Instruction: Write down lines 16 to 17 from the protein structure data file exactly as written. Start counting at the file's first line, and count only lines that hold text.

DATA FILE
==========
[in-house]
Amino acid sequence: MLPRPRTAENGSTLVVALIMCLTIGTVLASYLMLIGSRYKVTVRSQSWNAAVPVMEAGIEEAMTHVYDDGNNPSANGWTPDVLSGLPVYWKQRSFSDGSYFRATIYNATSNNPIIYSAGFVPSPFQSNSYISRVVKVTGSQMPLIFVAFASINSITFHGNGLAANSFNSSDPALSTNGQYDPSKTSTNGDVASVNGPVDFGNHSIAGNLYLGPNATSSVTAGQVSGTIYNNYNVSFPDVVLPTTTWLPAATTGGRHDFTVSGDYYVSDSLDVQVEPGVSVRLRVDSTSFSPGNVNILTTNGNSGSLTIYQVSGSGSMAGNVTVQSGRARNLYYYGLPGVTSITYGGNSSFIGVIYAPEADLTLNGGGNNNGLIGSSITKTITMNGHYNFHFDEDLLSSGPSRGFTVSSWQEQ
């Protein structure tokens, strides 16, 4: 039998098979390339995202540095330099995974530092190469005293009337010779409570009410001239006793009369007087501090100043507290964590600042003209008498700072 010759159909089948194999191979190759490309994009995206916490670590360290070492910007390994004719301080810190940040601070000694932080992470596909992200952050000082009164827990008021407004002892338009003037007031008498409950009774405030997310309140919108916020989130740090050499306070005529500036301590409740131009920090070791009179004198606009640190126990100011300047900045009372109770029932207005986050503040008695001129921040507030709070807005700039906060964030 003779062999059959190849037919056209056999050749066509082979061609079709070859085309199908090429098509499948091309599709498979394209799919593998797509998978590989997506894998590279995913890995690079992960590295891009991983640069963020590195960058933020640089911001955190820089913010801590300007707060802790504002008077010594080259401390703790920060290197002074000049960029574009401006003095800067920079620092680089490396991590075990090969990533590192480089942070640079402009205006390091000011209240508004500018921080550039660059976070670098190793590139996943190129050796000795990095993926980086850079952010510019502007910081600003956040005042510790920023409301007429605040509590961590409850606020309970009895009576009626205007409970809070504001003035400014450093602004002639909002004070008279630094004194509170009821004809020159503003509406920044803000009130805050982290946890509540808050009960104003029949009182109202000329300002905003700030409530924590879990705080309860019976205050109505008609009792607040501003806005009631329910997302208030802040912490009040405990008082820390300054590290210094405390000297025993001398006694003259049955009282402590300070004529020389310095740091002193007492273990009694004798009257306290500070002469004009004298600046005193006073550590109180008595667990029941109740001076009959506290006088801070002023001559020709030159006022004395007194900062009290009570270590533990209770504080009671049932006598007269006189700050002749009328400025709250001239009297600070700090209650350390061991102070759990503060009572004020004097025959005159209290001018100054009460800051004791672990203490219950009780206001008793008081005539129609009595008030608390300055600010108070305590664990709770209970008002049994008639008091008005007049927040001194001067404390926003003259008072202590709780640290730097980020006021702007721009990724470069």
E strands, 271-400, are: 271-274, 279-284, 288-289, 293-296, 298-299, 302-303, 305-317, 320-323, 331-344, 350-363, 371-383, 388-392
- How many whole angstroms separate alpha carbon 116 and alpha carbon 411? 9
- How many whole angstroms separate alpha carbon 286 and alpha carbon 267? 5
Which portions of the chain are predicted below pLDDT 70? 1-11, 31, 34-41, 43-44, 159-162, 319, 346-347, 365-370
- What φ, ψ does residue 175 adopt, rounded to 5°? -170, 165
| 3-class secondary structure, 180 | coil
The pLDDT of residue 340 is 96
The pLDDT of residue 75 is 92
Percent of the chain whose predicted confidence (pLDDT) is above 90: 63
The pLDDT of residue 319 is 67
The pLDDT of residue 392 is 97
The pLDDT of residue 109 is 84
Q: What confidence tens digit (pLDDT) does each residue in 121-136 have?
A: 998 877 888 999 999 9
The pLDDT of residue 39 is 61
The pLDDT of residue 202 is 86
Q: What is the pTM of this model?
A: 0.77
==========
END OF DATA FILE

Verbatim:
Q: What confidence tens digit (pLDDT) does each residue in 121-136 have?
A: 998 877 888 999 999 9